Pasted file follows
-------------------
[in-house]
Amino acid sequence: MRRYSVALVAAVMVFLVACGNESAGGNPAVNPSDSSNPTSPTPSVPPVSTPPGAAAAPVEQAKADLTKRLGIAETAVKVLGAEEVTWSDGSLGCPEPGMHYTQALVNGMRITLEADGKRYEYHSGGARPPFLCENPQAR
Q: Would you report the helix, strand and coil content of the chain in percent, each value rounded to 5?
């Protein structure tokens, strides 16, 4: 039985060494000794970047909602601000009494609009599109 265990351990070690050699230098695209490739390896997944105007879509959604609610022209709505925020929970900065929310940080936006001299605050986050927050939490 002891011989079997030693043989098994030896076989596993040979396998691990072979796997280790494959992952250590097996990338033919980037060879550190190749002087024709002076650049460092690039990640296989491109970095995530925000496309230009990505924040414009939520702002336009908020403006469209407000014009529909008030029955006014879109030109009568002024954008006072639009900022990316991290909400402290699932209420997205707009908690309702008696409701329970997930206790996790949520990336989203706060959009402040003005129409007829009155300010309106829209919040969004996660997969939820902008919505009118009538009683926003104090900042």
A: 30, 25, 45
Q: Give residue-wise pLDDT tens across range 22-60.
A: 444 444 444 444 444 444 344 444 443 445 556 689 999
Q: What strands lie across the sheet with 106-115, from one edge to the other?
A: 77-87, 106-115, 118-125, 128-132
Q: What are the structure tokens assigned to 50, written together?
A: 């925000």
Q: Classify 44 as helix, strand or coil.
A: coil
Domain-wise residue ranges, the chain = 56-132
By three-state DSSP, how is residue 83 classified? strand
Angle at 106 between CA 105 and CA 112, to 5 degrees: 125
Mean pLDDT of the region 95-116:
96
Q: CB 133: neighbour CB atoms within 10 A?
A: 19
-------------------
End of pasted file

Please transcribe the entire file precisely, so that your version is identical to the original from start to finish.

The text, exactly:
[in-house]
Amino acid sequence: MRRYSVALVAAVMVFLVACGNESAGGNPAVNPSDSSNPTSPTPSVPPVSTPPGAAAAPVEQAKADLTKRLGIAETAVKVLGAEEVTWSDGSLGCPEPGMHYTQALVNGMRITLEADGKRYEYHSGGARPPFLCENPQAR
Q: Would you report the helix, strand and coil content of the chain in percent, each value rounded to 5?
């Protein structure tokens, strides 16, 4: 039985060494000794970047909602601000009494609009599109 265990351990070690050699230098695209490739390896997944105007879509959604609610022209709505925020929970900065929310940080936006001299605050986050927050939490 002891011989079997030693043989098994030896076989596993040979396998691990072979796997280790494959992952250590097996990338033919980037060879550190190749002087024709002076650049460092690039990640296989491109970095995530925000496309230009990505924040414009939520702002336009908020403006469209407000014009529909008030029955006014879109030109009568002024954008006072639009900022990316991290909400402290699932209420997205707009908690309702008696409701329970997930206790996790949520990336989203706060959009402040003005129409007829009155300010309106829209919040969004996660997969939820902008919505009118009538009683926003104090900042």
A: 30, 25, 45
Q: Give residue-wise pLDDT tens across range 22-60.
A: 444 444 444 444 444 444 344 444 443 445 556 689 999
Q: What strands lie across the sheet with 106-115, from one edge to the other?
A: 77-87, 106-115, 118-125, 128-132
Q: What are the structure tokens assigned to 50, written together?
A: 């925000």
Q: Classify 44 as helix, strand or coil.
A: coil
Domain-wise residue ranges, the chain = 56-132
By three-state DSSP, how is residue 83 classified? strand
Angle at 106 between CA 105 and CA 112, to 5 degrees: 125
Mean pLDDT of the region 95-116:
96
Q: CB 133: neighbour CB atoms within 10 A?
A: 19